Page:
Ginger’s Boots

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Tony Mansell brings us a story of a kindly man who worked out of his shop in Charles Street, Truro. Jimmo was a cordwainer, a shoemaker, one who makes new boots and shoes from leather. The trade can be contrasted with the cobbler who, according to a tradition in Britain, was restricted to repairing shoes.


Jimmo hummed a waltz as he marked out the shape of the cut on a fresh piece of leather: in his mind he was still playing with the D’Oyly Carte.

He paused and looked around his workshop, he enjoyed his work but Sullivan’s music was etched in his memory – had he really given it up for this?

He still had his music but his involvement was just local now. In his younger days he’d played two instruments: the string bass in the orchestra, the bass fiddle as he called it, and the tuba with the Royal Italian Band. It had all started in Ponsanooth Brass Band, when he was a boy, back in the 1870s.

It was a warm day, the shop was unbearably hot, too hot to work but there was much to do. His work paid the bills and he had nine mouths to feed.

The stable door was open: it provided some ventilation and kept him in touch with the passing world. He was happy to see anyone, customer or not.

Pinafore danced across his mind and he began to beat time with his hammer: he paused, slightly embarrassed, as a young head peered in through the door.

“Whatcher Jimmo. How’re you doin’?”

“Hello Ginge, no school today?”

“Naa, finished for the summer.”

“I didn’t think the term ended ‘til Thursday.”

“Yea, well we weren’t doin’ much so I pushed off.”

“Now, how are we going to make a scholar of you if you keep doing that?”

“Aw, I’m fed up with school, don’t learn much there. As soon as I’m old enough I’m off down the mines.”

Almost before he’d finished the sentence, Ginger was inside the workshop with his back pressed against the wall. “Just saw Mother, she’ll give me hell for missing school.”

“Well you’d better keep your voice down then, otherwise we’ll both be in trouble.”

“Saw a copper just now, I had to duck into a doorway otherwise he’d have had me.”

“Quiet, she’s here. Morning Betty, how’s that young boy of yours. Still up to his mischief?”

“I tellee what Jimmo, he’s a right little ‘eller. The only time I don’t worry bout ‘n is when he’s at school. Another couple of days and he’ll be out and up to his tricks again.”

“Yeah, well I don’t suppose he’s any worse than the others. Here. I’ve got something for him. I’ve done up this pair of old boots. Get him to try them on and if they fit, he can have them.”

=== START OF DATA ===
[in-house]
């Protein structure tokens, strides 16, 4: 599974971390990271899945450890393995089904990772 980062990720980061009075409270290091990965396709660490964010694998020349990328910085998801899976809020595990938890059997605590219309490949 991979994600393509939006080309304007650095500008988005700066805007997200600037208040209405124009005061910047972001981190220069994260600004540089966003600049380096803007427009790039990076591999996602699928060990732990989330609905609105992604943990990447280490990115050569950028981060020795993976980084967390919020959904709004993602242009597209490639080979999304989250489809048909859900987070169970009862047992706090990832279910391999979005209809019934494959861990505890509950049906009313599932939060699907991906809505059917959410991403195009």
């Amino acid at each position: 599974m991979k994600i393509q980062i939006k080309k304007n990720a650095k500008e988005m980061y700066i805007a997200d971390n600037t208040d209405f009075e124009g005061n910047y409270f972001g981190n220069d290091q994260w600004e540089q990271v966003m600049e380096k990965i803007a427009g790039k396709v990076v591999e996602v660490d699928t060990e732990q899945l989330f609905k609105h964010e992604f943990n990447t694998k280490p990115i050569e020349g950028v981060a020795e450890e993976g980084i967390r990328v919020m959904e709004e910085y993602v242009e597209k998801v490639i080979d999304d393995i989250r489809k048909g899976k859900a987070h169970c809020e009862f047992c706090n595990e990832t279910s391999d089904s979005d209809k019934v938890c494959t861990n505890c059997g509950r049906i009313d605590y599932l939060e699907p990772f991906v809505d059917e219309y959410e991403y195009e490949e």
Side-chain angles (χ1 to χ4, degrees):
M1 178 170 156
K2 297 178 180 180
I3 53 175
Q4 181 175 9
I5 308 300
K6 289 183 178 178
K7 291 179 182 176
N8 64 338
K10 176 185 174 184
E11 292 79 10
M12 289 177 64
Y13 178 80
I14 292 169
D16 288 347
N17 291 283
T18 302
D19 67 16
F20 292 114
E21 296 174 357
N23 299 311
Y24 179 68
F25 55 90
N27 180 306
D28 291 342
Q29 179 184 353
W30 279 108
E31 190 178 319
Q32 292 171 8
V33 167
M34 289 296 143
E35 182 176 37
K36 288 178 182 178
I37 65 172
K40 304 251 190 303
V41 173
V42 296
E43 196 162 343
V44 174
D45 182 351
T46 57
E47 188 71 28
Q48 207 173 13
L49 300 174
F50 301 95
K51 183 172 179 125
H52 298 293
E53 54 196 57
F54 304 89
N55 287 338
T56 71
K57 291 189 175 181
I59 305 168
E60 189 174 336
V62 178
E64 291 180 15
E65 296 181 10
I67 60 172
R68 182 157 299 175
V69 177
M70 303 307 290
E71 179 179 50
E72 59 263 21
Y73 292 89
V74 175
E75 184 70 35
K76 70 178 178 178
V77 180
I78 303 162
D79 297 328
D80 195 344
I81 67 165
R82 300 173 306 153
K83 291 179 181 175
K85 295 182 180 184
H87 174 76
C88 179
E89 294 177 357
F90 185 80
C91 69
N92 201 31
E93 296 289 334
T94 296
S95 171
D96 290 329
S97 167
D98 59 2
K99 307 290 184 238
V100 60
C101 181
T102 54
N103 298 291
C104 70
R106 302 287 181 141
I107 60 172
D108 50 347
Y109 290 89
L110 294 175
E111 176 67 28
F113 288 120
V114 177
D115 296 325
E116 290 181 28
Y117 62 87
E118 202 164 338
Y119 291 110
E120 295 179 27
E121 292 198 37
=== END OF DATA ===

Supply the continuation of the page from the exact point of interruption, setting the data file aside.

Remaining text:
“That’s really good of you Jimmo, I wish I could afford to pay you something”.

“Not a word Betty, just don’t tell Mary. It’s not that she’s mean, she just doesn’t like me wasting my time.”

Betty Matthews smiled her thanks, placed them in her bag and headed off along Charles Street.

“Right Ginge, you nip down Lemon Street and you’ll miss her. A couple more days at school will do you good.”

“Don’t think so Jimmo. Me an’ me mates are goin’ fishin’ later. Thanks for the boots.”

With that he was gone, leaving Jimmo with his thoughts and a smile on his face. The boy would do all right in the world, he was sure of that.

He glanced at the shelf above his bench, the lost souls’ shelf as he called it. That was where he placed the boots and shoes that hadn’t been collected. Some had been there for years: the owners could be dead for all he knew. The green ones intrigued him most, the ones with the turned-up toes. Probably some theatrical type: if only he could remember who’d brought them in. “Only size four,” he thought. “Probably someone quite young”.

He turned back to his work and ran his thumb along the chalk line: his nail had become so hard that he could use it to cut the leather. Life was tough but at least he had the shop and there was still some money to be made from his music. His Riviera Orchestra was busy, in great demand for all sorts of functions. It wasn’t the D’Oyly Carte but he enjoyed it.

Working in the shop was lonely but every so often a head would pop through the doorway for a chat. Winter was the worst, the door was closed then. Mary rarely called and he wasn’t sorry about that. He loved her but she controlled his life and would run his business as well if she had the chance.